The premiere race car to roll out of the reenergized DDRC in 2011 was the trademark yellow JEGS ’57 S/G ‘Vette. When word leaked of Jim’s venture, Jeg Coughlin Jr. wanted not just a car he wanted “the first car!” Jeggie’s first outing was, appropriately, the 2011 JEGS Pacific SPORTSnationals. Saturday he won the Super Class Shootout. The next day he scored a runner-up finish with it in Super Gas. He also won his first NHRA national event in Super Comp and almost doubled! Troy Jr. inherited the ‘Vette in 2013, and nearly won the S/G national championship in his first year in the car.
Obviously DDRC hasn’t lost a step in the transition from El Paso to Phoenix. To learn more about an affordable, custom race car build, visit Ddrccars.com. Trust me, you’ll be glad you did.
Jeg Coughlin Jr. rolled away with DDRC #1 and immediately started winning races.
(L to R) Hardcore sportsman racers, Jim Hughes and Jim’s right-hand man Kevin Kleineweber prepare for another lap. Both are NHRA multi-national event and division race winners.
Welder extraordinaire Cesar Gonzalez creating another DDRC chassis. He signed on with Davis in 2002. Hughes was so impressed with Cesar’s skills, he relocated him to Phoenix.
Two newly completed chassis and a veteran DDRC racer. The ’57 ‘Vette body was once campaigned by
Top Fuel Shoe “Hot Rod” Fuller and Pro Stock diva Erica Enders-Stevens.
DDRC has created molds and fixtures for C5 and ’57 ’Vettes, ’69 Camaros and in the wings, ’63 ‘Vettes and late-model Mustangs. Available in fiberglass and carbon fiber, all made in Phoenix.
DDRC wiring and plumbing is masterfully crafted by Gerald King and his associate Mike Sytsma at King’s Finish Line Racing. He and Hughes have a business relationship going back some 20 years.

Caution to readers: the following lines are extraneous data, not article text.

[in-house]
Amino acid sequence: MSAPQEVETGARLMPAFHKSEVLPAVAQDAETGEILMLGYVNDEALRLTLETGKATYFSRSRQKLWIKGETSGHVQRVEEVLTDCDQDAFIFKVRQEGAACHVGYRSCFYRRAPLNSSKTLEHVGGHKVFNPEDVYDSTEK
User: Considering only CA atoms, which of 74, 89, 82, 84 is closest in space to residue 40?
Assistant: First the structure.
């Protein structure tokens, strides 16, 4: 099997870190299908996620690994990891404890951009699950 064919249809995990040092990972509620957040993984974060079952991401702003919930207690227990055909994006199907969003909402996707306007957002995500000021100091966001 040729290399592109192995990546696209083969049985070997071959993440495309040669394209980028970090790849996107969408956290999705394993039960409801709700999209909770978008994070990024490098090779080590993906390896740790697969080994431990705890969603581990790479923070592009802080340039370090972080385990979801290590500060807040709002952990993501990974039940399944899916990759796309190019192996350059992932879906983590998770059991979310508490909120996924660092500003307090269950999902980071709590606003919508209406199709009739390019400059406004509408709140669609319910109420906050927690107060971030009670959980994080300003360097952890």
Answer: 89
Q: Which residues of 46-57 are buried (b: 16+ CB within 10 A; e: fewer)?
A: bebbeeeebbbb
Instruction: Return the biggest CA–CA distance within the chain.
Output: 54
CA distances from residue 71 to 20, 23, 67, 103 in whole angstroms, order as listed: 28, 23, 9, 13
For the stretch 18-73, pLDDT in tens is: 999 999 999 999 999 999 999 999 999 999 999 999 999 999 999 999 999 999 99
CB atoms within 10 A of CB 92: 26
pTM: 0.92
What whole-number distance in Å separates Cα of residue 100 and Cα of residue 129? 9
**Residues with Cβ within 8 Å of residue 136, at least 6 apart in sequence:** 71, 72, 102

The DDRC S/G beauties of Jerry Calton and Canadian Ed Hutchinson. Ed won the NHRA Northwest Nats S/G crown last year in his ‘Vette.
Team Hughes Performance: A familiar site at NHRA races. Sportsman racers Hughes and troops are serious competitors. They also bring support to fellow racers. Like this rig? Hughes Motor Home and Trailer Sales will get you in one just like it!
The group (and one friend) who make DDRC the successful enterprise it is: (L to R) Robin Ortis, Charlie Harmon (race business consultant) Joey Hughes, Cesar Gonzalez, Don Davis, Kevin Kleineweber, Jim Hughes and Tim Brown.
Robin Ortis, Office/HR Manager and Vice President of Hughes Motorsports, is an integral member of Jim Hughes’ team.
Jim Hughes and the matriarch of all his enterprises, mother Lorraine. Mrs. Hughes has been actively involved in all aspects of the organization since she and her husband opened their original business in Phoenix in 1971
Scott Rollins, 2004 NHRA Division 7 and JEGS AllStars Super Street champ was in the market for another race car, perhaps a used ’63 ‘Vette S/G roadster. After a conversation with Don Davis and Jim Hughes and seeing a photo of DDRC’s new ’69 Camaro body, he jumped at the opportunity to order a brand-spanking new turnkey DDRC Super Gas Camaro.
He debuted the car at the NHRA national event in Phoenix this February where he was awarded the coveted Best Engineered Wally and went three rounds. A week later at the Division 7 race, he made four rounds a win can’t be too far in the future. Scott would like to acknowledge Bernie and Seth Polvadore, Jim Hughes, Don Davis, Joey Hughes, Cesar Gonzalez, Kevin Kleineweber, everyone at DDRC and especially his wife Stacey, for making this beauty a reality.
Don Davis race cars are noted for how they leave: hook hard with the nose up. Rollins’ ‘Vette shows that family trait.
The lift-up Funny Car-style body makes maintenance a snap. Greg Fleetwood, BoneScraperCustoms Phoenix, gets the accolades for paint and graphics.
Rick Watters Racing Engines built the 632-ci big-block Chevy. The Powerglide trans, featuring Hughes Performance internals was done by Scott’s friend, the versatile Bernie Polvadore.
DDRC offers a multitude of custom features, including driver location, engine and transmission adaptability.
Text by Pete Ward and Photos by Gary Nastase, Marty Reger and Jim White